Reviving old power tool batteries is something we all want, and need to do. These batteries are very expensive and tossing them away can be even more expensive.
There is a life span of these batteries, however we very seldom get to use them for that entire time. When charging and killing these batteries over and over again. It seems we have used them for their life span. When the actually truth is we have not. The more they get used, the better they perform. It is when we don’t use them that they become junk.
After sitting around on a shelf or in a drawer for long periods of time, they will form crystals around the battery. This process happens under the plastic protective coating. And since there are no screws to remove this shell, we don’t see the crystals. The crystals can melt back together providing the battery gets charged. But when you cannot charge the battery, there is no heat (energy) to melt these crystals.
When we plug a battery into the charger, the battery charger recognizes something is plugged in, but does not recognize that it is a chargeable battery. Therefore it does not turn on, it only throws a light meaning non chargeable.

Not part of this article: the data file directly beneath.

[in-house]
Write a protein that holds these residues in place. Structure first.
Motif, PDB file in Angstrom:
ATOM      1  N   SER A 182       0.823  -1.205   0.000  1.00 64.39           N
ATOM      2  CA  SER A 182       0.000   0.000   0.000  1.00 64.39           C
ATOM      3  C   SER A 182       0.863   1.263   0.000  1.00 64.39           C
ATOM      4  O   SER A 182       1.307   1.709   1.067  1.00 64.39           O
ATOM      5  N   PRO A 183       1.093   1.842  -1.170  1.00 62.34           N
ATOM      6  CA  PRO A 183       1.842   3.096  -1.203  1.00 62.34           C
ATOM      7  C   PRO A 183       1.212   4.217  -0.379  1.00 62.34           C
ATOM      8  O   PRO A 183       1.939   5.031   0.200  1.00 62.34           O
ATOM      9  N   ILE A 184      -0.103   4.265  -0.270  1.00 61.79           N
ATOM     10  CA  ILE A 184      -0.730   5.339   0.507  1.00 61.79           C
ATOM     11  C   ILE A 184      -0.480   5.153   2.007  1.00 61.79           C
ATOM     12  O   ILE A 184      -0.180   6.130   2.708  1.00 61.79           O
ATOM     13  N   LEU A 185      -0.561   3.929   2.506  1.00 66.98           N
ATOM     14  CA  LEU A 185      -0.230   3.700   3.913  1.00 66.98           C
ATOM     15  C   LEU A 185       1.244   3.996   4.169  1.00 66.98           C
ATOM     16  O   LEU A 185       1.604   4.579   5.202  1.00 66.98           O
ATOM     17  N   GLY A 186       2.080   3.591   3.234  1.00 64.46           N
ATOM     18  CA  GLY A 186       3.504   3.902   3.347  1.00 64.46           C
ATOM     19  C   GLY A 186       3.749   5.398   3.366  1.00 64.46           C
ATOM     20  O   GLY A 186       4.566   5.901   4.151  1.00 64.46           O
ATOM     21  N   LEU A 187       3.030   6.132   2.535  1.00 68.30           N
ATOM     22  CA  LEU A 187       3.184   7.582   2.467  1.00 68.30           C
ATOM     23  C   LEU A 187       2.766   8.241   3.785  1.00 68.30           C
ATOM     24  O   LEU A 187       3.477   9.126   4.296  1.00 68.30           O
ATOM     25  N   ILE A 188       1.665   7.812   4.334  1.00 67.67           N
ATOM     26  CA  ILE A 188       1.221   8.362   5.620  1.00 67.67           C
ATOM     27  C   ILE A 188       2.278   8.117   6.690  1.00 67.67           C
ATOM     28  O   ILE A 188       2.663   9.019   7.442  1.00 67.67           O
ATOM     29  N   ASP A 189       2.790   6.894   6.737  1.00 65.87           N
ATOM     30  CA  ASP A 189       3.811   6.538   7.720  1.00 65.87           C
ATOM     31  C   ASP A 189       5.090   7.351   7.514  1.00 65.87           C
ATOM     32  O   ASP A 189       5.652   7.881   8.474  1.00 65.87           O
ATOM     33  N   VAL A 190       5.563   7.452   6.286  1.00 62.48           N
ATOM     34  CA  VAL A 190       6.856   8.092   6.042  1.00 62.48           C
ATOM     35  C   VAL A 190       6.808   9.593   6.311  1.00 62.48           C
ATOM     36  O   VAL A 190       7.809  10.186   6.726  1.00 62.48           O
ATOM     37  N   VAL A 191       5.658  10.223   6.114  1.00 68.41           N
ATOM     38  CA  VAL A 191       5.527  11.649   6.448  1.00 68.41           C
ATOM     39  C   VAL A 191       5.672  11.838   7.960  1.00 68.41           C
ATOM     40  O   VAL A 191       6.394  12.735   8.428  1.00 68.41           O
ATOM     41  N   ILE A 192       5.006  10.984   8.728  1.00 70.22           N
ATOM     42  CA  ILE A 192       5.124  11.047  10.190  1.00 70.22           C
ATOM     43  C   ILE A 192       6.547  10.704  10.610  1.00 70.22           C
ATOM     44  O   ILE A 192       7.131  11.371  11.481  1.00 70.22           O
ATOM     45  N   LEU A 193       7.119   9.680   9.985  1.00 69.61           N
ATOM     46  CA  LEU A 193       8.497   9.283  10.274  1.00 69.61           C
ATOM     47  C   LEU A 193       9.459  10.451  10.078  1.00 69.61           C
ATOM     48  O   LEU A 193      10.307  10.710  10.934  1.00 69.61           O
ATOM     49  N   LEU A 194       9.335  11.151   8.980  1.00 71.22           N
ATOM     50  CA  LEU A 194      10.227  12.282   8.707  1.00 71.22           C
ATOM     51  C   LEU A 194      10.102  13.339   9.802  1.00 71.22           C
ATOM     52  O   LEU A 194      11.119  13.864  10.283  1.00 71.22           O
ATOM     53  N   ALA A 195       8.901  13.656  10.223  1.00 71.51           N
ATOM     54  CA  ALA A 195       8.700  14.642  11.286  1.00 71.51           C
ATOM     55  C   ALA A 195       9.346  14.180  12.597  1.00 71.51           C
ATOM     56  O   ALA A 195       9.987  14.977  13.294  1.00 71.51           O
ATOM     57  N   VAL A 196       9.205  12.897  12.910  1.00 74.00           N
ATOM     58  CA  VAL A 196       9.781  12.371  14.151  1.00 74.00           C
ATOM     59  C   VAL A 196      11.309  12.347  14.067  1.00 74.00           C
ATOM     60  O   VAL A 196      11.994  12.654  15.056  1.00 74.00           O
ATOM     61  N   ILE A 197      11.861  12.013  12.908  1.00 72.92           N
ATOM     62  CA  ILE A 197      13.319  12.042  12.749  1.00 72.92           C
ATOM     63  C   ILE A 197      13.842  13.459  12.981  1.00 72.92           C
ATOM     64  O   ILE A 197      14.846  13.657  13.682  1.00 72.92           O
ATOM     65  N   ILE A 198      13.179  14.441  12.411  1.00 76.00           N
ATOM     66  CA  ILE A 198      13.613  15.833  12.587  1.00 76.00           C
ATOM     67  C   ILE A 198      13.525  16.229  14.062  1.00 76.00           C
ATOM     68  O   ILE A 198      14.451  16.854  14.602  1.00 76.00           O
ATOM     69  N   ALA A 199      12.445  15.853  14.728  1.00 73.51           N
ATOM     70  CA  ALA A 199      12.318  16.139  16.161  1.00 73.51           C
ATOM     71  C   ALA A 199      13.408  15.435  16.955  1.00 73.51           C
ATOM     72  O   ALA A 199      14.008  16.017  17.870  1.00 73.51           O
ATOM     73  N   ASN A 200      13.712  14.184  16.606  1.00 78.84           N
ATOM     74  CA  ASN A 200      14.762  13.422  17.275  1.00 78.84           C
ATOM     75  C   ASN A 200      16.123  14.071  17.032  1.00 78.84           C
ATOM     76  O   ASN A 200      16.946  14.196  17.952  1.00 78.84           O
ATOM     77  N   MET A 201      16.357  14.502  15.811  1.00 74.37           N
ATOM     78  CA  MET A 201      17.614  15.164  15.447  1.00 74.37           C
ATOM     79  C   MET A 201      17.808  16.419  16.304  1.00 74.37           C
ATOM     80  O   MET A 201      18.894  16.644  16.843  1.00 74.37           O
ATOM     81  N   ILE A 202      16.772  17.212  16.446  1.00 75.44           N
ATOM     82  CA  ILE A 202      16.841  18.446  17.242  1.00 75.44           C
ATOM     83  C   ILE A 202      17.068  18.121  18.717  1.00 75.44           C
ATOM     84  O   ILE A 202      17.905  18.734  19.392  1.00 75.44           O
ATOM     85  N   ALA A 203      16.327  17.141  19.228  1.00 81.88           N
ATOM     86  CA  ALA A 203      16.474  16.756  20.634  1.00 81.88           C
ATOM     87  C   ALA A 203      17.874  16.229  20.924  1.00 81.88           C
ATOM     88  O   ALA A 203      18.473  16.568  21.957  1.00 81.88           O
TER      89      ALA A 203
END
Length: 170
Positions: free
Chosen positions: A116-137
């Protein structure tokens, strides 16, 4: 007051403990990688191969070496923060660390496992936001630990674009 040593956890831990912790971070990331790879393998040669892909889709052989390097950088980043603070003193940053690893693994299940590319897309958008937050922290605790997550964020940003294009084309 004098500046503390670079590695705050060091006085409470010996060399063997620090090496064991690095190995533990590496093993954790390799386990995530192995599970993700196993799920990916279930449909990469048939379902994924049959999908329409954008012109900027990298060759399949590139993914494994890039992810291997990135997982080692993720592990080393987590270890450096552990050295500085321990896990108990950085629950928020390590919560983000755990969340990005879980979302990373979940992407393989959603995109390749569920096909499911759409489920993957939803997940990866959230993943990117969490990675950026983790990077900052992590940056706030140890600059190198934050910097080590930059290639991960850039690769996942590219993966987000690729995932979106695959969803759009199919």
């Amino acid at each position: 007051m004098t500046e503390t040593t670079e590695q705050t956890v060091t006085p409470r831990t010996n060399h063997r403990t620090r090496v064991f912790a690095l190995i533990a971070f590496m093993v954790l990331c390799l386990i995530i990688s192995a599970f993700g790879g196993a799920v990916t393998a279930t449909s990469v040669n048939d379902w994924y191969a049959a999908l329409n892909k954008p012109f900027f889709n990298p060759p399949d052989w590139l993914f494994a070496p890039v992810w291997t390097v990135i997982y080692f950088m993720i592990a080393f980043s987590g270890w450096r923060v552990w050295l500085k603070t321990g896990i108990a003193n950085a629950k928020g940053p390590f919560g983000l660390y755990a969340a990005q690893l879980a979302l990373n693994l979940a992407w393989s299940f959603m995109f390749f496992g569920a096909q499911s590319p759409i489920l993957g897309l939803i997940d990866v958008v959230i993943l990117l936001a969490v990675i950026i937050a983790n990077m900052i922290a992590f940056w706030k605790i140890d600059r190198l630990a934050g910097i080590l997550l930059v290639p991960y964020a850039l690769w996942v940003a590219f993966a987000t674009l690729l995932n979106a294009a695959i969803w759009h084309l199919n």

The way the battery charger knows if it is a chargeable battery, is if there is a voltage, or amperage in the battery. So we must trick the battery charger by exciting the battery.
Look on the connections of the battery. There will be a positive and negative side to the post.
Connect any car battery charger to these post. Simply touch negative to negative, and positive to positive. Place the battery charger to no more than 20 amps and hold the connections for five to seven seconds.
You can do this same process with your car as if to jump start another car. Using jumper cables, connect positive to positive and negative to negative. Hold the connection for 3-5 seconds.
Once you have excited the battery. Place the battery back into its charging system and it will now take a charge.
If you do not get a charge light, repeat the steps. Try holding for 2 extra seconds. If at any time the battery becomes warm, or hot. Stop the process. You have over charged the battery.
So in short, most rechargeable batteries stop taking a charge because they have not been used enough. The battery has now crystallized a little and must be excited to start taking a charge again. This process was used years ago when coils would crystallize causing them not to send a spark to the spark plug. It was most common on motorcycles that would sit in the winter time. In the spring motorcycle riders would need to charge their batteries, and excite the coils. Some riders that didn’t know the process would replace their coils annually. Enjoy your power tools for many projects to come.